Questions before answers

Think about all the courses you took as part of your training. How many of them were about how to get good answers to research questions? And how many were about how to formulate good research questions? As was nicely said by Kaufman and Hernan:

I co-teach a course called Study Design which is a kind of Epidemiology 101 course and the great majority is all about how to answer questions. Relatively little about how to ask questions (although I’m trying to add more every year). I also co-teach a short Mendelian randomization course and there it’s mostly the same story. Mendelian randomization is, really, only a way to answer questions but we have to be able to know what is our question of interest and whether it matches with what Mendelian randomization can estimate.

Every biostats course I’ve ever taken has only been about answering questions with very little about how to ask good questions. It occurred to me that maybe we should be learning how to ask questions in courses about substantive topics like social epidemiology or clinical epidemiology. But in my experience, those courses teach about those fields without necessarily teaching you how to ask a good question.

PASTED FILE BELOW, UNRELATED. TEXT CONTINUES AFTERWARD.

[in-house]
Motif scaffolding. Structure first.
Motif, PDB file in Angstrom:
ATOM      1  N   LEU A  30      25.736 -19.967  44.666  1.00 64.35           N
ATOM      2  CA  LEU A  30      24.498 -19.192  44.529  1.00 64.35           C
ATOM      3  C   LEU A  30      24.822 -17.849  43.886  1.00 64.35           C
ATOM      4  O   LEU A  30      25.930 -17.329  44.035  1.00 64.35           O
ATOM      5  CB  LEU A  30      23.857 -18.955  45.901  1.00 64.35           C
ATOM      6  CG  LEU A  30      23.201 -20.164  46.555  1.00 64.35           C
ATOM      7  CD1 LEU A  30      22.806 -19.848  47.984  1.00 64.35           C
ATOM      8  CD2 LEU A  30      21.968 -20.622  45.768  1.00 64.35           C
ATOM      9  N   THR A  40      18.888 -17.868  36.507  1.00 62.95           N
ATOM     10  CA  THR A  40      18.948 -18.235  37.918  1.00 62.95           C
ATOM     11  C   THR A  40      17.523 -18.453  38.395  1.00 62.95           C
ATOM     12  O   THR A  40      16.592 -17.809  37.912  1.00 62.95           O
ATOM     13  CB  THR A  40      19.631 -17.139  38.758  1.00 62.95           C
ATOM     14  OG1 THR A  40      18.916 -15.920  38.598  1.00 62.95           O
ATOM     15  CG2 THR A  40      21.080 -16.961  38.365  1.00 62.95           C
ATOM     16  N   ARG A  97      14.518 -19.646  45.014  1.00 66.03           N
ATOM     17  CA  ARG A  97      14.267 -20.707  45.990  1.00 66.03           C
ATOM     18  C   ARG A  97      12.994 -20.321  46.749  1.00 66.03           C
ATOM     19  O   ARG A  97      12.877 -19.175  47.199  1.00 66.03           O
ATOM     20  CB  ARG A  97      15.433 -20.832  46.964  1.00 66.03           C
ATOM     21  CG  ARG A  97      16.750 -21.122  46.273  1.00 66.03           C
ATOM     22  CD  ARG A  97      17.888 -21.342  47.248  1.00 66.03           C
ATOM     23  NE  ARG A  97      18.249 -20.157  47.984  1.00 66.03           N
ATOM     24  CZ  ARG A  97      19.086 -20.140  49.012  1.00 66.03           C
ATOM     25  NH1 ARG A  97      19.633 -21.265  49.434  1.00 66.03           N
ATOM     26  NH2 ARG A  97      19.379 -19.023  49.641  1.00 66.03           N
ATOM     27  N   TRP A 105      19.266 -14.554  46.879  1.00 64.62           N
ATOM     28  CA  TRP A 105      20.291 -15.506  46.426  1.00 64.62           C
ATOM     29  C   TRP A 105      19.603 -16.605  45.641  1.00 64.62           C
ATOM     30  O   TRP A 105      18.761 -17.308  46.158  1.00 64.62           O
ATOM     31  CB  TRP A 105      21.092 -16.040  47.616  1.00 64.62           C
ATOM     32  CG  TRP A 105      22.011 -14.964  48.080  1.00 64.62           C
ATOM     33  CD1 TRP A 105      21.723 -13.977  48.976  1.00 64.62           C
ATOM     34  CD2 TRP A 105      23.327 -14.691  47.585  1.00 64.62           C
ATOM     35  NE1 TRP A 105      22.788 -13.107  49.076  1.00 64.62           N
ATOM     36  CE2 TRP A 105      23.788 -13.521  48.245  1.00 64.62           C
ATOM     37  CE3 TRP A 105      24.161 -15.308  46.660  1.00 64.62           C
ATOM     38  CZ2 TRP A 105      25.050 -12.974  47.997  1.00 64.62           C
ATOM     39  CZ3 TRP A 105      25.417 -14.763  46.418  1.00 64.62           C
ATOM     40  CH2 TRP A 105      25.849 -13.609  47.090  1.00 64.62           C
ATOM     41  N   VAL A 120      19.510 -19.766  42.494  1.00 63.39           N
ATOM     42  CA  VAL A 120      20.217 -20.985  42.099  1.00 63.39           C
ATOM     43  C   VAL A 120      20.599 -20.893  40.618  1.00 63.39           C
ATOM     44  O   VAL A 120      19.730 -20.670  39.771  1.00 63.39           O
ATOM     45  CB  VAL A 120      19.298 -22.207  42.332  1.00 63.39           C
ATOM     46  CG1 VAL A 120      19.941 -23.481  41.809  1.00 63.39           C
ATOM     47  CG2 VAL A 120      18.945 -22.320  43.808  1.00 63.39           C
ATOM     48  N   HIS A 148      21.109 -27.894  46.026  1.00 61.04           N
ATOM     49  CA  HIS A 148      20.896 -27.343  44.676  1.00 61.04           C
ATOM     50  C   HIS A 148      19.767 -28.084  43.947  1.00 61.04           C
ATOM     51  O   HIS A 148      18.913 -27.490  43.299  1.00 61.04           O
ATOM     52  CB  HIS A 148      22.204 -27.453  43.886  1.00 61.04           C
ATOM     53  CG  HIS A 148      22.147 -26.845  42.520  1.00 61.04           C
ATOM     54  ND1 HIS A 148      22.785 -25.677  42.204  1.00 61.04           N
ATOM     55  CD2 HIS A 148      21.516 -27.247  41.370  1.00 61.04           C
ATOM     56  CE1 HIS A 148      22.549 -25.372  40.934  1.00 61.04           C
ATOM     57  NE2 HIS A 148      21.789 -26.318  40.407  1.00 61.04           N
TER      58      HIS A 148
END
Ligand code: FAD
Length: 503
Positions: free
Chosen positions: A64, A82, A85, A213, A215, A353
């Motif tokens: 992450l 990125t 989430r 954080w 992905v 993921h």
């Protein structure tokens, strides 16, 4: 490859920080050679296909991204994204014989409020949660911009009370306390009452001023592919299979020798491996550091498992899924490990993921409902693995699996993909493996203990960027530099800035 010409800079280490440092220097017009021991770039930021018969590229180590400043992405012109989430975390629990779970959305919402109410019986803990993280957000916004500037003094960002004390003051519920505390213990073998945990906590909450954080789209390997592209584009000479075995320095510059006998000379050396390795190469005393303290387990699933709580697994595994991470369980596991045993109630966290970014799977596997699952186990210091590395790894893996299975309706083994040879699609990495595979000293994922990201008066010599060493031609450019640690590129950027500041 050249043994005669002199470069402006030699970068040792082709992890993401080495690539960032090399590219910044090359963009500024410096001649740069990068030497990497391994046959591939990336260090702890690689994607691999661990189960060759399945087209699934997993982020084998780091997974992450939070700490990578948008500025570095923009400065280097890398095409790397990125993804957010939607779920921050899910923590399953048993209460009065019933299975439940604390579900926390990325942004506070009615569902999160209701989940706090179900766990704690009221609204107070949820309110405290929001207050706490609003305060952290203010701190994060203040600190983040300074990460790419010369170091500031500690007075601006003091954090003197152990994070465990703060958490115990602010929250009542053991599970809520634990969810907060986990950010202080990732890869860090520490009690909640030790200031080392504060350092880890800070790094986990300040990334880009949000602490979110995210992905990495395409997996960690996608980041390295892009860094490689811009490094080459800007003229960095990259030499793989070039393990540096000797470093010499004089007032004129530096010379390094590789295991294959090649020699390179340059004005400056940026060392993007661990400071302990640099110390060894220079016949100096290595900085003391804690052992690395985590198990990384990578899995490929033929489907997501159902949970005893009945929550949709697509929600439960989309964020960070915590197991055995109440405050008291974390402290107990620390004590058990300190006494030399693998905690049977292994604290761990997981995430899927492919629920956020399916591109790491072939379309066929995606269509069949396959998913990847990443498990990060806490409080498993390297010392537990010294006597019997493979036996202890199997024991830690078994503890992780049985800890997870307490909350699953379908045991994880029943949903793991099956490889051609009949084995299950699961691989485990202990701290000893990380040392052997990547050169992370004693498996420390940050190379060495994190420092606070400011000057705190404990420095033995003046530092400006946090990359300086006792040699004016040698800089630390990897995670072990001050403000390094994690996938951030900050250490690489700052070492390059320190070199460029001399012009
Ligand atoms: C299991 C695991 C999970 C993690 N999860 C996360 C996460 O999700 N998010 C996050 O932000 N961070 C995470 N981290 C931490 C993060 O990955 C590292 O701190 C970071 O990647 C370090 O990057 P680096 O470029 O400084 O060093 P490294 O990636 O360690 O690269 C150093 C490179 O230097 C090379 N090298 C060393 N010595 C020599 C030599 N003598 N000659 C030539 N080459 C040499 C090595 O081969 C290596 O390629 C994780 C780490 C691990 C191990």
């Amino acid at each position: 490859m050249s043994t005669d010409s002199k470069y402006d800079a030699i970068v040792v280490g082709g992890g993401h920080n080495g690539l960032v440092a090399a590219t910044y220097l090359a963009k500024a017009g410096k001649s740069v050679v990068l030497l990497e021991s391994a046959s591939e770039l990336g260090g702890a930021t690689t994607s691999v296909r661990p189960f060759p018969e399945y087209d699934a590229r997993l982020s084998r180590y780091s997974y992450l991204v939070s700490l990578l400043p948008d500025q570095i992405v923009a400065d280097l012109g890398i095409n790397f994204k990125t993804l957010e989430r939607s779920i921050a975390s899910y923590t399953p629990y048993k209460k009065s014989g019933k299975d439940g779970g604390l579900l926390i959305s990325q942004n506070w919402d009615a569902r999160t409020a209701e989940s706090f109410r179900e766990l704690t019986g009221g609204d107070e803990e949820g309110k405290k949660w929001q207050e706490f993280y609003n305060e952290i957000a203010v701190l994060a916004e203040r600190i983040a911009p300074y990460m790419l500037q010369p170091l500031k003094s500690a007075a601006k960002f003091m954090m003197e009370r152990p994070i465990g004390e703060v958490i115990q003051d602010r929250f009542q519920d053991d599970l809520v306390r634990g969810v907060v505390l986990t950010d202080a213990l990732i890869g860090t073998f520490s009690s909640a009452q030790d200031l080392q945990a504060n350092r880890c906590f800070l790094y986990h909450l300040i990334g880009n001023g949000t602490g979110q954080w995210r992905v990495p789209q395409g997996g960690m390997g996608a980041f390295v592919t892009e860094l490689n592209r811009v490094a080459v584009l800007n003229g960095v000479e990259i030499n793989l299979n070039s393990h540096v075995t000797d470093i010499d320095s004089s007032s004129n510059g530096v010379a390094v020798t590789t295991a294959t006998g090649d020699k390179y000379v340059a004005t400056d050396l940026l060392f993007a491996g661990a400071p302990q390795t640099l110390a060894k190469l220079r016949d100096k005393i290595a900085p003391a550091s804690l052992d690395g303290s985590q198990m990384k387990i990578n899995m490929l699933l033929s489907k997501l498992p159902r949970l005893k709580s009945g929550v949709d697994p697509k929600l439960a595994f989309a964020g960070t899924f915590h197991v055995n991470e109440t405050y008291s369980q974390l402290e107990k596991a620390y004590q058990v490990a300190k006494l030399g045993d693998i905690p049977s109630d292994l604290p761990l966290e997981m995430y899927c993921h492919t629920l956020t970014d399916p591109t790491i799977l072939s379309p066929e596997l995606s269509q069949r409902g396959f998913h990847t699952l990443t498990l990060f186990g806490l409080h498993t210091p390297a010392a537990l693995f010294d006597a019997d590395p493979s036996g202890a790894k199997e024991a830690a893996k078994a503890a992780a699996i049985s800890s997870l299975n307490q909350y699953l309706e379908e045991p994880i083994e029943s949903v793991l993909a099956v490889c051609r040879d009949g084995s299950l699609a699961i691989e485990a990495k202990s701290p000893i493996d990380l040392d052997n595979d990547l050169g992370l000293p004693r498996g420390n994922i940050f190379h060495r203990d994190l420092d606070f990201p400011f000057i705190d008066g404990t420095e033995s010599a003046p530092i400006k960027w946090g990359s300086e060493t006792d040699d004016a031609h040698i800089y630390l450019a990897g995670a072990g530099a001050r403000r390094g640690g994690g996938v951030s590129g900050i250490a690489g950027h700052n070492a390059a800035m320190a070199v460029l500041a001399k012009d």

And bad questions are rampant. People often phrase their questions very vaguely in terms of how some exposure is related to some outcome. But there is a lot more that goes into questions than that. Here is a good example from a commentary I co-authored about how not thinking the question all the way through can lead to the incorrect analysis. Here’s another example from a review of causal questions in the ICU where the authors find that most papers are answering questions about point treatments (intervening at one point in time) rather than sustained or time-varying treatments which is often more of interest.

Here are some resources for asking good research questions but, in my opinion, we’re still missing a good paper about how to come up with good research questions:

Jeremy A. Labrecque
Assistant professor, Epidemiology and causal inference

My research is on how we know what we know.